KölnTag: NS Documentation Center

I joined Oliver Meißner’s 90-minute guided tour of the NS Documentation Center. In the end, he granted us more more than two hours of his time and led us through the old Gestapo Headquarters to give us an understanding of the Nazi’s rise to power, their cooptation, and their staged people’s community. I am very grateful to Mr. Meißner, who—with the appropriate austerity and severity—left no doubt where he stands politically and what he thinks of the New Right. He was brilliant at dissecting complex circumstances and bringing their cause and consequences into a logical and causal order.

Visiting any kind of exhibition that deals with National Socialism and the Third Reich means signing up for anger and frustration; about the unspeakable atrocities of Nazi Germany, about the silence of the many, about the non-existent denazification, and about neo-fascists that are on the rise again.

But what made me gasp was a stupid typewriter.

Close-up of a typewriter keyboard with a shortcut key for the SS rune.

Typing shift and the number 5 would print an SS rune on paper. Let that sink in for a minute… Typewriters in Nazi Germany had a freaking shortcut key for the SS rune. I am not sure whether that makes sense for anyone else, but this little piece of metal started a whole whirlwind of thoughts in my head. I know it is naïve, but sometimes I catch myself thinking of the Third Reich as something with the fixed timeframe of 1933–1945, something so bad that it becomes almost an unreal nightmare, something that was not made out of people but… obscure evil forces. That SS rune key made everything very real. Very real people sat in front of this typewriter and used the SS rune key probably a hundred times, a thousand times?! To deport other people, to sentence other people to death, to turn people against their loved ones. The Nazi ideology, machinery, and infatuation penetrated every single aspect of everyday life.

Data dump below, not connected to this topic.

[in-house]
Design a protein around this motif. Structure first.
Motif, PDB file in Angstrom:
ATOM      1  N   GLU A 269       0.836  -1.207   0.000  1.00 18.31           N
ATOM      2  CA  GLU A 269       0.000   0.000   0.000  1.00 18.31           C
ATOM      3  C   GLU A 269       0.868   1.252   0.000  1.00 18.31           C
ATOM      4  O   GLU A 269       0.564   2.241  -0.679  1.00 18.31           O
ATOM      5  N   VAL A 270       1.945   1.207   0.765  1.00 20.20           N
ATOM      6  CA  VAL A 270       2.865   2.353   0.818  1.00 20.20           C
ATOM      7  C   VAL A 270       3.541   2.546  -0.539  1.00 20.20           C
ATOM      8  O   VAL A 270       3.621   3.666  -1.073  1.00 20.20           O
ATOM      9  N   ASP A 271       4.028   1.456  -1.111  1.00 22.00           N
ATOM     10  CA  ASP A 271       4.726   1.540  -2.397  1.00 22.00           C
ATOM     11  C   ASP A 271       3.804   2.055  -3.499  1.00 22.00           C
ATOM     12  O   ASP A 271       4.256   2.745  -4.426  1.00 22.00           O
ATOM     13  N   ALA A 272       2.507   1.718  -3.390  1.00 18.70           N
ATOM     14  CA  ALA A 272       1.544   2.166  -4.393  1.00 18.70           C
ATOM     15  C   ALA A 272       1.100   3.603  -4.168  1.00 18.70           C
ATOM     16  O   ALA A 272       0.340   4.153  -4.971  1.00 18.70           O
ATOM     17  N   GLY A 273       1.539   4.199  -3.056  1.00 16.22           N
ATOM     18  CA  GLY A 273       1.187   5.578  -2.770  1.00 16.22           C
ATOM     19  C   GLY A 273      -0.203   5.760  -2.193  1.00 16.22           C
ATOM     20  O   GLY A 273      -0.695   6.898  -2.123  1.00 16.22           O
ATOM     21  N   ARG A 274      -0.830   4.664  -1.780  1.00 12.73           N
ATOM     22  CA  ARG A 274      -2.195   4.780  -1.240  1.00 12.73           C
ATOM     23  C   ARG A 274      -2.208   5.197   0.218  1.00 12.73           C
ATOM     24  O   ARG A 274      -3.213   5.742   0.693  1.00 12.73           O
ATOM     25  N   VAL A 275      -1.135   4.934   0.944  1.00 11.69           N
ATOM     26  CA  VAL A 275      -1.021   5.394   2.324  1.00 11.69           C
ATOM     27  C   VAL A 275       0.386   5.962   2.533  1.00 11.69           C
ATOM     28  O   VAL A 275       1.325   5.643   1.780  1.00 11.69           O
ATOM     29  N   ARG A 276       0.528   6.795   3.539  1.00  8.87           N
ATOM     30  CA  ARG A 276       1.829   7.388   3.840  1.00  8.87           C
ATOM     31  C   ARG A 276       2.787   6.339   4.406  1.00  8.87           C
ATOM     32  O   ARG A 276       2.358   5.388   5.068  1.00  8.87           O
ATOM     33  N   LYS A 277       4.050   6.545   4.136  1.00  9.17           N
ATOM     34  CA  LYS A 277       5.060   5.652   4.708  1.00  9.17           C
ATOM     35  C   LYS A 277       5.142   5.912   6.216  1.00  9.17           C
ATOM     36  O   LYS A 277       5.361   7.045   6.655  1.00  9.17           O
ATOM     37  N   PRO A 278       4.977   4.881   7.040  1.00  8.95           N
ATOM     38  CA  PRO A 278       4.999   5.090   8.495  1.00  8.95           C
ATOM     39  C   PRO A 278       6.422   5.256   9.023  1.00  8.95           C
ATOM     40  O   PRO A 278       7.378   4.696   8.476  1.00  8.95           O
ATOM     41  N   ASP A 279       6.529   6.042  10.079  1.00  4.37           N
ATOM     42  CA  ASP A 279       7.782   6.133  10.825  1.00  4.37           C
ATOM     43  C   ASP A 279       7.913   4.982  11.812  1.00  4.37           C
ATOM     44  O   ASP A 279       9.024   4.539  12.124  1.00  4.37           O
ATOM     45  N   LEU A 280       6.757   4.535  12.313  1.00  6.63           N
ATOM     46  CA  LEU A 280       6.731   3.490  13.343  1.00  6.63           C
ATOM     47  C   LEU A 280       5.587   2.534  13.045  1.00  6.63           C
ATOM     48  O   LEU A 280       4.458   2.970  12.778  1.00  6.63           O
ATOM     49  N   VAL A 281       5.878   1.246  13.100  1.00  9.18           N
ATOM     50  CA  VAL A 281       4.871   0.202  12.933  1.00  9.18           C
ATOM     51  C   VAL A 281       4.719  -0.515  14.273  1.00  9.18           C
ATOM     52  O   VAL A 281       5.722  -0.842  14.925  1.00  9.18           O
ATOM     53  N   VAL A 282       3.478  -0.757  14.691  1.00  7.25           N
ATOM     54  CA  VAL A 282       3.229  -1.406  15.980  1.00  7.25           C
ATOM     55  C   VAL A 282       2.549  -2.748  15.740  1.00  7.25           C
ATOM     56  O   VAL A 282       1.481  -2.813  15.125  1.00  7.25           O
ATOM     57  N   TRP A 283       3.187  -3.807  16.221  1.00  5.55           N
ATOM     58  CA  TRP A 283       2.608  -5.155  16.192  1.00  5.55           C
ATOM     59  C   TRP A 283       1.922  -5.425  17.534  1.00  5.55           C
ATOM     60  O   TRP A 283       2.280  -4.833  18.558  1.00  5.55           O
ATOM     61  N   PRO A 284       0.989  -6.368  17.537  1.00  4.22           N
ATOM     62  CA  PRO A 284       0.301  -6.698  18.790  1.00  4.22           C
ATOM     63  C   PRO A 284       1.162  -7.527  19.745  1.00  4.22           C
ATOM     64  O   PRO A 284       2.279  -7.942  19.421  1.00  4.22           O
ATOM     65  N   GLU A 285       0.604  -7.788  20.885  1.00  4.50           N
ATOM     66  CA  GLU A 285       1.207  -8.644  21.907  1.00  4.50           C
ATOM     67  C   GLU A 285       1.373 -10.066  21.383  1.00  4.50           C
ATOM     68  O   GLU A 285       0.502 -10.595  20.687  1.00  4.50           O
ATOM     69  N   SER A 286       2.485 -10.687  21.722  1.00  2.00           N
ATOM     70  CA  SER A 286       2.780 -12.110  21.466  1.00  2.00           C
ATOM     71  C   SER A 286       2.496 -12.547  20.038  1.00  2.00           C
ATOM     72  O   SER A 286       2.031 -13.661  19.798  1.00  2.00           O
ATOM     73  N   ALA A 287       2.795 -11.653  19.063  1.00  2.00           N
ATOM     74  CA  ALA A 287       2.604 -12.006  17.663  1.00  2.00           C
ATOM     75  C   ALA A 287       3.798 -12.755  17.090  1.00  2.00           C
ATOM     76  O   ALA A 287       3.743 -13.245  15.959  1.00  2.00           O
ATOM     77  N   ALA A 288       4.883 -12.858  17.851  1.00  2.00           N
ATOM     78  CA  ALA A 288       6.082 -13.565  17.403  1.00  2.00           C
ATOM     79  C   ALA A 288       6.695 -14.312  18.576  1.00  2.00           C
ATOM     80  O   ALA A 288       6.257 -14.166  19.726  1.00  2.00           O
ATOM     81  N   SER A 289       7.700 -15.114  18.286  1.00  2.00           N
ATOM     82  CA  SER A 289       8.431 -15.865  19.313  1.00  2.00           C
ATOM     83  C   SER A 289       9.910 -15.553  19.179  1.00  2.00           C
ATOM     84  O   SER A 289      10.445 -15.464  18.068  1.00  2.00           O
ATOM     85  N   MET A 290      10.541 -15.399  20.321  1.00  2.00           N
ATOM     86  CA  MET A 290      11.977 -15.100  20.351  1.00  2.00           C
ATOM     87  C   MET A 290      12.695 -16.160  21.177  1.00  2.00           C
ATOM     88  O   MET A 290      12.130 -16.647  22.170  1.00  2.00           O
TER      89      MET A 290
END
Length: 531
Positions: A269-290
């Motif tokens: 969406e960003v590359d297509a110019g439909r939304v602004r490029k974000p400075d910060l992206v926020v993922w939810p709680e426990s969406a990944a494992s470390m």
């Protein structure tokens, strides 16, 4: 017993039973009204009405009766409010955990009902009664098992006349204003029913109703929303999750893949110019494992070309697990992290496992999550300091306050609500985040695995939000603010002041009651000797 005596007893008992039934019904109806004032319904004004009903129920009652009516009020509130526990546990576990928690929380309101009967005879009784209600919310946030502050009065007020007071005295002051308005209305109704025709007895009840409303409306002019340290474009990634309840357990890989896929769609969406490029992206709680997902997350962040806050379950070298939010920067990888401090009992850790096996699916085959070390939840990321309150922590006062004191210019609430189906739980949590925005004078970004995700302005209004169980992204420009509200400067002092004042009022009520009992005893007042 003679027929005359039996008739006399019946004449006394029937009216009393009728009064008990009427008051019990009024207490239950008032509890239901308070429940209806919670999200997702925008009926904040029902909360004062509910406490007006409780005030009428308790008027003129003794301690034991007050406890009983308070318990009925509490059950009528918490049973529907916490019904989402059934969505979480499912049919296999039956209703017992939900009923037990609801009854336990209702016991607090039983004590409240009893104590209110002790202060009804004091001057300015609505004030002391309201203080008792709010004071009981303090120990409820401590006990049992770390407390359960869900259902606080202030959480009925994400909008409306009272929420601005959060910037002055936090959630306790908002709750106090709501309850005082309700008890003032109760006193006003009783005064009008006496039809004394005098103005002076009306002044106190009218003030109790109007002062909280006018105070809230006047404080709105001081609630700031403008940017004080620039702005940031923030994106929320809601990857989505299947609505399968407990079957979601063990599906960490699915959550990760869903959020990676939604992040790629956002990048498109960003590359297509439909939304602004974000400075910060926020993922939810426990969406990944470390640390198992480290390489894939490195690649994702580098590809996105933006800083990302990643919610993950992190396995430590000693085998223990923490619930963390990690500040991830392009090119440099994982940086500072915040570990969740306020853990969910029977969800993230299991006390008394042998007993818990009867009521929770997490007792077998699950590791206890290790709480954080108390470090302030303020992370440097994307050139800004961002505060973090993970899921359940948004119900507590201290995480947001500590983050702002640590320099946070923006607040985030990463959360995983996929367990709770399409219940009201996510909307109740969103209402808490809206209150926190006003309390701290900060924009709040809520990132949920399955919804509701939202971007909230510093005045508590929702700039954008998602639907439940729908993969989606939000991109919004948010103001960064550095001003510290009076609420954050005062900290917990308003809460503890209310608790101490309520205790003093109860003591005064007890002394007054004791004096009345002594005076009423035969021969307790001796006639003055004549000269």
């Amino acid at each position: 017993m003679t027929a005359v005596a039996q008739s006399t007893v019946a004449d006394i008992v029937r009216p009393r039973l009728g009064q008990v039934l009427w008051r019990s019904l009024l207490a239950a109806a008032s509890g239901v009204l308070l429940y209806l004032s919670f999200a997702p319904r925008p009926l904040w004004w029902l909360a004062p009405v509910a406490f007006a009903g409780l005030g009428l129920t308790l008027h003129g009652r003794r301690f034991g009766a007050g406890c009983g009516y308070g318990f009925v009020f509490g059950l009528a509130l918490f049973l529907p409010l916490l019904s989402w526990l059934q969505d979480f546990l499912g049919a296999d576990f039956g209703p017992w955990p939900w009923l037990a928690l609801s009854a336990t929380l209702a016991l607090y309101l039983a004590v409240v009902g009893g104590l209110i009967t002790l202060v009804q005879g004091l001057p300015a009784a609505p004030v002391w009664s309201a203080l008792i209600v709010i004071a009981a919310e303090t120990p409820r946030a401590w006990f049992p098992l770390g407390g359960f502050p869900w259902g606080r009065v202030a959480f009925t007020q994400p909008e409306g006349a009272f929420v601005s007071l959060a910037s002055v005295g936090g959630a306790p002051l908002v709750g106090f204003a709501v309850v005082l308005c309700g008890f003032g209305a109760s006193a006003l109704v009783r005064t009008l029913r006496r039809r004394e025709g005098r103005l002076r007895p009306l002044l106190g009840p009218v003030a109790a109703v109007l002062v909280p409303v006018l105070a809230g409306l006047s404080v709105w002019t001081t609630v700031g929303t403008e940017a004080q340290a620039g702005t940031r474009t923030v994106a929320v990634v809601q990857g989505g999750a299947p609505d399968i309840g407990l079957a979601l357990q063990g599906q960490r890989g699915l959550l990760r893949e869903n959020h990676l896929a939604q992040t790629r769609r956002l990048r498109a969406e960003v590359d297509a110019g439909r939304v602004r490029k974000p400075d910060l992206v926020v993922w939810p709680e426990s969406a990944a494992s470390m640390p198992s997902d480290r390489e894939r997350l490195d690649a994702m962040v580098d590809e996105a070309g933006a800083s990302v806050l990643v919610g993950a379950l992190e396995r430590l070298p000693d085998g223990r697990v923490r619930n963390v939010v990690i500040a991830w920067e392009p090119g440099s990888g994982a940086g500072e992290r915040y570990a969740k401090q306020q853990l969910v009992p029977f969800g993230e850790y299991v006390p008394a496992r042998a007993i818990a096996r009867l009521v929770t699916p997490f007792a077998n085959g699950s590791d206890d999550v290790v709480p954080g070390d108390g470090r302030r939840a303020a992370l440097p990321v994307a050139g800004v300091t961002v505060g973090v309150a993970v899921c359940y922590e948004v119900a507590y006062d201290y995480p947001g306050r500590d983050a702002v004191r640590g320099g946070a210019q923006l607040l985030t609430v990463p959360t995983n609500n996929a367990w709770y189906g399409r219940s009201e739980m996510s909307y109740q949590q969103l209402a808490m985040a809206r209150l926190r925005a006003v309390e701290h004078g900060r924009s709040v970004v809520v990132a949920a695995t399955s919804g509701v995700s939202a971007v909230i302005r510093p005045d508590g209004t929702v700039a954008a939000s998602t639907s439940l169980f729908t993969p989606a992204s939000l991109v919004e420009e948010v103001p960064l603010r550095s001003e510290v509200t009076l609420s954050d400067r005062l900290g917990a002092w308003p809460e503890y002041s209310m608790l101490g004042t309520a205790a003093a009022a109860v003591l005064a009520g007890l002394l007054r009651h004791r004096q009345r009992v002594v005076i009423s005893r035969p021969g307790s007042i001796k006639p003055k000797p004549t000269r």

I have learned a lot about Nazi Germany in school, I’ve watched documentaries, I visited Buchenwald concentration camp. But when terror becomes mundane and the despicable becomes normal, that’s where the true horror lies for me. This typewriter key made me more angry than anything before.

Our tour guide Mr. Meißner countered this with an objectivity that allowed me to leave the museum not with raging anger towards everyone who stirs up hate and harassment in these trying times, but with a newfound and hopefully long-lasting carefulness regarding the causes for extremism and xenophobia.

The NSDAP did not need the outright majority to overthrow a whole country. The person operating the typewriter might have said “No” if asked whether they are a Nazi. But they helped to carry the system regardless. Today, we sure as hell will need to be the best versions of ourselves to face the dynamic and “temptations” of the New Right.

A signboard in bombed-out Cologne that says “Give me five years and you will not recognize Germany again,” an out-of-context quote by Adolf Hitler.